A52/A53 cross near Hinwil, leave at roundabout towards Hinwil. Turn right on Zürichstraße, then turn left on Ringwilerstraße, leave Hinwil, after 2km in Ringwil turn right and again left on Nürbruchstraße. After 800m turn left on Höhenstraße, then after 800m right, and after 800m again right. It is tricky to find, as there are many farms which are not very good signposted.
|Open:||no restrictions |
|Classification:||erosional cave in conglomerate|
|Light:||n/a, bring torch for small cave nearby|
|Address:||Winterthur Tourismus, 8400 Winterthur, Tel. +41-52267-6700.|
|As far as we know this information was accurate when it was published (see years in brackets), but may have changed since then.
Please check rates and details directly with the companies in question if you need more recent info.
|1524||Zürcher Täufer split from the church.|
|31-MAR-2007||wooden path replaced by iron path.|
The Täuferhöhle (Baptist Cave) near Bäretswil is a small cave, a huge portal with a single cavern behind, with bare walls. It is located in the forest, and from the dry interior one has a nice view downhill into the forest. This cave, probably a good station since Stone Age, became famous and named in the 16th century, when Täufer (Anabaptists) used the cave as a hiding place. There is a small cave nearby, which is quite dark and requires a torch, but this huge cavern is well lit. It is a fine place for a picknick or a christian service, and there is a fireplace for barbecue.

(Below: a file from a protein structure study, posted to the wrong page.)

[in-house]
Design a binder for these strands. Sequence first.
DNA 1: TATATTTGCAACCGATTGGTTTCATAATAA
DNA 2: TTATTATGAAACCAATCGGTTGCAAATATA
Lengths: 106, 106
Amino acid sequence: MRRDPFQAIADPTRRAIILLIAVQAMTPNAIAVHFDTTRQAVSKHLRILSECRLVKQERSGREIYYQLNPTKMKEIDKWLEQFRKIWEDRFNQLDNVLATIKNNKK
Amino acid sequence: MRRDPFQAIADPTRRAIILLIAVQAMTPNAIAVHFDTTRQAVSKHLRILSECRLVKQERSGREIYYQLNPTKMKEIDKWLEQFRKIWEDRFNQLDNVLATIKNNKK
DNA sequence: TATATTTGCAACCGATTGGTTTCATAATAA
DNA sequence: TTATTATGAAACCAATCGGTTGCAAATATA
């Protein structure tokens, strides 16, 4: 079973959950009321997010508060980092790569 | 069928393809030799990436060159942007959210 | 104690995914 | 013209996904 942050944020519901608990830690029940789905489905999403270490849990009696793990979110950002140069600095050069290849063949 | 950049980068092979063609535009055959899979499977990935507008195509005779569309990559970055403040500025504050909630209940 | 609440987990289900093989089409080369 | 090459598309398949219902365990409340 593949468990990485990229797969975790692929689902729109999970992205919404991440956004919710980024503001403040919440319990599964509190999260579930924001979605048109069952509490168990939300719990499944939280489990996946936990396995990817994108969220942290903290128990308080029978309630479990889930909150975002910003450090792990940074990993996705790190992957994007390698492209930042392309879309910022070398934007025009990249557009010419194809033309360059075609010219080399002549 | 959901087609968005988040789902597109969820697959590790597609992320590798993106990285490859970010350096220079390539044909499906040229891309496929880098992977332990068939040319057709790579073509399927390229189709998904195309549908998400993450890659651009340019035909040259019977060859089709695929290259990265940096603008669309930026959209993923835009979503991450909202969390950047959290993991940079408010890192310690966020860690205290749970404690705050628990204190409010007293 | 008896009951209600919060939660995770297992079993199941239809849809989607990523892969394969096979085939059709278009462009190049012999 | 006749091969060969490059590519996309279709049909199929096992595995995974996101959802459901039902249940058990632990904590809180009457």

The Zürcher Täufer were a certain group of reformed christs, which separated from the church in 1524 in Zürich and followed their own beliefs. The main principles of their religion were adult baptism, hence the name, religious freedom, and social rights. Because of their social ideas, they were very popular among farmers and craftsmen. But because the same ideas were feared by the government and the church, they were persecuted. So they had to hide and worship in secluded places like this cave.
The name is an etymologic connection with the Täufer movement. The archaeological connection are various tools, sherds and combs, which were found in the cave. According to local legend, the first martyr of the Anabaptists was hiding here. And subsequently many other people used the cave as a hideout. Other legends tell about secret passages at the far end of the cave, now covered by collapsed rocks, which once led to Schloss Girenbad, another to the castle ruin Greifenberg. Another story tells about the haunted, who shoed their hores in the wrong direction in order to confuse their chasers. Those legend are very popular and are told about hundreds of caves. Rather unique is the legend about a huge crack in the ceiling of the cave. The story goes, that it formed in the same second Jesus died.
The Anabaptists were sometimes tolerated, sometimes prosecuted. It depended mainly on the country. Many people left Europe during this time and later because they hoped they would not be prosecuted in America. Today there are numerous Mennonite communities in the eastern U.S.A. which are descendants of the Anabaptists from Zürich.